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Sportradar’s Genius-FDC case to be heard by Competition Appeal Tribunal

| By Robin Harrison
Sportradar’s legal claim against Genius Sports Group and Football DataCo (FDC) is to be heard by the Competition Appeal Tribunal, after the court dismissed an application by the defendants to have the case transferred to the High Court.

The claim, which was filed in February this year, challenges the structure put in place for the licensing and distribution of football leagues in England and Scotland by FDC and Genius following their exclusive rights deal struck in May 2019.

It looks to have that agreement declared void, and damages awarded.

Sportradar alleges that the agreement is in breach of UK and European Union competition law, namely Chapters I and II of the UK Competition Act 1998 and Articles 101 and 102 of the Treaty of the Functioning of the European Union. 

This deal gives Genius sole rights to collect, license and distribute live data from the English Premier League, Football League and Scottish Premier League. 

Genius and FDC filed draft counter-claims that alleged breach of confidence and unlawful means conspiracy on Sportradar’s part, in relation to in-stadium data collection. As these fell outside the jurisdiction of the Tribunal – which is also why they are considered “draft” counter-claims – the partners had applied to have the whole case transferred to the High Court.

However Judge Peter Roth ruled that the claim brought by Sportradar turns on questions of competition law, and therefore had to remain in the jurisdiction of the competition forum.

“We welcome the fact that the Competition Appeal Tribunal’s judgment has upheld Sportradar’s submissions, and that the competition law claim will proceed to be determined first and in the specialist forum,” David Lampitt, managing director of sports partnerships for Sportradar, said.

“As the Tribunal has clearly stated, the dispute manifestly depends on questions of competition law, and private law rights cannot be relied on to give effect to an exclusive agreement which violates competition law,” Lampitt explained.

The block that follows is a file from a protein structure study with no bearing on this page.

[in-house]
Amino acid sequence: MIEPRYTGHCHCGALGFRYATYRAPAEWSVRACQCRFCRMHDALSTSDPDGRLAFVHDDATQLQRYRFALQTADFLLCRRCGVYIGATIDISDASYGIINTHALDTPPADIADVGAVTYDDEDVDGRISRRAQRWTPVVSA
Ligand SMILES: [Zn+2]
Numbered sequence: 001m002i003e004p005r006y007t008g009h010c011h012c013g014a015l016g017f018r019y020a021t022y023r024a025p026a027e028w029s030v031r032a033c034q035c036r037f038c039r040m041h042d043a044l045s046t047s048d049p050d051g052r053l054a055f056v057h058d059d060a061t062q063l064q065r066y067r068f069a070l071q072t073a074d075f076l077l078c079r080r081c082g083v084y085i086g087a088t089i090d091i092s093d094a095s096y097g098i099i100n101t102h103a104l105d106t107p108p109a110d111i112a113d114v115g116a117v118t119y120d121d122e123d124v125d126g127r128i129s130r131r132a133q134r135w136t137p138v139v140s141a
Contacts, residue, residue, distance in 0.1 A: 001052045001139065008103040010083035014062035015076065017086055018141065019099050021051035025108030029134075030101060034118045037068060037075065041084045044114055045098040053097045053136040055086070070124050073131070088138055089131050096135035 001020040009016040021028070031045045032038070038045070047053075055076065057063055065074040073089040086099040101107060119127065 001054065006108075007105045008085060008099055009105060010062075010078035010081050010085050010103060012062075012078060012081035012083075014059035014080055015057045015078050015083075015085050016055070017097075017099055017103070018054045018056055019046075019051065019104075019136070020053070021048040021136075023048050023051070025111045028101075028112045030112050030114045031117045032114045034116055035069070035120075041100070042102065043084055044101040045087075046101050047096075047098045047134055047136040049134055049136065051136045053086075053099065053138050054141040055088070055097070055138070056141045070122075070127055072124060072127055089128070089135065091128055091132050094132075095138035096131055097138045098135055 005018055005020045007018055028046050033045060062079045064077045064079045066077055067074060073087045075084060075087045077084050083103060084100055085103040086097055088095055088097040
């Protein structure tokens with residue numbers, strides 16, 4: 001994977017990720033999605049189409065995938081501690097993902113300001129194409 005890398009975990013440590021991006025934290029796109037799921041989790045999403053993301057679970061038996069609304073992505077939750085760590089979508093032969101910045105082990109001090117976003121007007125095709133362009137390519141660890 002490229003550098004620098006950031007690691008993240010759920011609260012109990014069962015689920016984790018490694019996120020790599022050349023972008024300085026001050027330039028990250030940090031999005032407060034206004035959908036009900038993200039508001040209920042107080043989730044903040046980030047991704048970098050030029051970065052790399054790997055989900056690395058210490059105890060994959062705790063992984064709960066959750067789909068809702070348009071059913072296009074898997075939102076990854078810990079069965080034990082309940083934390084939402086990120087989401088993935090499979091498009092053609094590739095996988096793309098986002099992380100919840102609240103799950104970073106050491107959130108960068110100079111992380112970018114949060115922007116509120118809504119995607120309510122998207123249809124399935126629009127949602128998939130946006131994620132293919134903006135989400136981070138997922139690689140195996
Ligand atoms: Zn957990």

Judge Roth ruled that the appropriate way forward was for the case to be chaired by a High Court judge, who would have the option to hold a joint case management conference on the Sportradar claim and Genius-FDC counterclaim.

This is normal practice, according to Roth’s ruling, to avoid “potential inefficiency” created by two different judges presiding over the Competition Appeal Tribunal and High Court cases.

“Once FDC and Genius bring their claim or claims in the High Court, those proceedings can sensibly be docketed to the same High Court judge,” Roth said.

This element of the decision was welcomed by Genius Sports and FDC. In a statement they said that while the Tribunal had decided to retain jurisdiction over Sportradar’s claims, it had recognised that the private law rights claims were “intertwined” with the dispute and should be case managed together. 

“Genius Sports’ and DataCo’s connected arguments to be heard in the High Court concern Sportradar’s alleged trespass, rights infringement and breach of contract,” it said. “These are cases that centre on the funding of sport and football leagues’ ability to participate in revenue from data collected on their events.”

However Lampitt added that the application to have proceedings shifted Court had caused “considerable delays”.

“Now that all elements of that application have been rejected we look forward to progressing our competition law claim to trial as soon as possible,” he said.

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